TheBirth of Photography

Unlike now when people can take photographs with Smartphone andcameras, photography in the nineteenth century was different andcould easily be termed ‘primitive’ if rated by the modernstandards. Up until the nineteen century, artists used a ‘cameraobscura’ which meant the dark room in Latin. At this point, JosephNicephore Niepce, a Frenchman, invented a surface that was responsiveto light. This invention was the dawn of photography. The evolutionof photography has predominantly been in three areas speed,resolution, and durability.

Afirst of their kind, Niepce’s photographs had several challenges.The images became blurry and some even lost due to subjection tolight [ CITATION DrR16 l 1033 ]. However, this was resolved in 1839when a compound that retained the light was invented. The same year,Louis Daguerre fabricated the daguerreotype, which enhanced resultsand decreased subjection time significantly while it generated onlyone picture.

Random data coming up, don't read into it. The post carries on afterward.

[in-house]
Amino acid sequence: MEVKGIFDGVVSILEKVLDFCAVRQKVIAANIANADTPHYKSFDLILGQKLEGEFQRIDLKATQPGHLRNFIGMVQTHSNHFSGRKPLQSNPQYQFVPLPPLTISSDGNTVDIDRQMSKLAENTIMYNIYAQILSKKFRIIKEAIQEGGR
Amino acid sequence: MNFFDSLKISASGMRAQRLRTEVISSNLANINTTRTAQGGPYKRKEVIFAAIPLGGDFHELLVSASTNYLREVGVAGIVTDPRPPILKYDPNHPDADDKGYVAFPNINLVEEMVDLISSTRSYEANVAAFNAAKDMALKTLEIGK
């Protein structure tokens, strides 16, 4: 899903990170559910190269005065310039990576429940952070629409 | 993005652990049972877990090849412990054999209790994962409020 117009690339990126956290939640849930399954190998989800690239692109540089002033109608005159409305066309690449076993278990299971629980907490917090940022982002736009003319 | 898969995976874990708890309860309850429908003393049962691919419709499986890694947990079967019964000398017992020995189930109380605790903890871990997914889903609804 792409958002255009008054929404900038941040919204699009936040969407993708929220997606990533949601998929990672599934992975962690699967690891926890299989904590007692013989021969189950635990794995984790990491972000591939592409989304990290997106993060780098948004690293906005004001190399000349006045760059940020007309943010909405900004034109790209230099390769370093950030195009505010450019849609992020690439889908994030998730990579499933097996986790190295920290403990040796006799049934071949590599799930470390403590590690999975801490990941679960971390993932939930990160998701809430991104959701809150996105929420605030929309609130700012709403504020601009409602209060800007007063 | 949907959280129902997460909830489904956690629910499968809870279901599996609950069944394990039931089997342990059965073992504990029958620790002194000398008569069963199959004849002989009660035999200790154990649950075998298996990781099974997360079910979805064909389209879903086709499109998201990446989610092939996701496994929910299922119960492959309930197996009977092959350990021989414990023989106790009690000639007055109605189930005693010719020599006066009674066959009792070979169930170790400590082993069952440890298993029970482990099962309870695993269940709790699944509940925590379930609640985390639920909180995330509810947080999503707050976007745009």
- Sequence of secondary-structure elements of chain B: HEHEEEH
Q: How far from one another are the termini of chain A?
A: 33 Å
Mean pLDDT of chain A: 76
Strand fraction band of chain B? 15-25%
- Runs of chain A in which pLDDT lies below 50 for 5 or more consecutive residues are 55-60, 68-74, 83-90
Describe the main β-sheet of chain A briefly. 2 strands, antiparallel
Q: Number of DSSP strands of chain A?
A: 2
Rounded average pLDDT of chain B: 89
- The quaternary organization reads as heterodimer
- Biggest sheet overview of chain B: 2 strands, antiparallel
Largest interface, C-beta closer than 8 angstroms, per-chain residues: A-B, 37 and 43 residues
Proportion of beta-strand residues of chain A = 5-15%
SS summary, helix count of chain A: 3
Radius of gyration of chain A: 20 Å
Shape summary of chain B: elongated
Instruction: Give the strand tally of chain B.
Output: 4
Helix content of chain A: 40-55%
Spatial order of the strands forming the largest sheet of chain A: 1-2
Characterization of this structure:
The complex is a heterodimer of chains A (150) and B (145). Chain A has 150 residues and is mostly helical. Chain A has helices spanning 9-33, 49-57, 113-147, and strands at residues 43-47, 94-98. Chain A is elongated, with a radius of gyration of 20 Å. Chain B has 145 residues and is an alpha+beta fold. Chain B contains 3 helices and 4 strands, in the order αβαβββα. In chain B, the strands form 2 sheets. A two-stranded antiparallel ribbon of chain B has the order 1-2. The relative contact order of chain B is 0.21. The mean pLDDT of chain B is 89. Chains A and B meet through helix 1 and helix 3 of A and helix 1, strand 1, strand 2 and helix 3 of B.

In1841, Englishman Henry Fox Talbot made photography better with hiscalotype method [ CITATION DrR16 l 1033 ]. The calotype entailed thegeneration of a picture from a paper negative enabling production ofduplicates of an image. The collodion method was then devised. Thisis whereby, a material was fastened onto a glass panel, and thisprovided for a brief subjection time.

Technological progress made photography less tasking in that by1867, the creation of a dry glass plate meant the culmination of thecollodion method [ CITATION DrR16 l 1033 ]. Improvements wereconstantly made and in 1878, the subjection time reduced to2.4microseconds. This advancement allowed for photography of movingobjects. Edward Maybridge’s work called Galloping Horse inthe year 1878 is a great celebration of this particular milestone [ CITATION DrR16 l 1033 ].In 1888, George Eastman made it simple to move film with the drygelatin tube. He also produced the first compact and affordablecamera that made the technology more obtainable by people.


Easby., J. R. (n.d.). Early Photography: Niépce, Talbot, and Muybridge. Retrieved November 13, 2016, from Khan Academy website: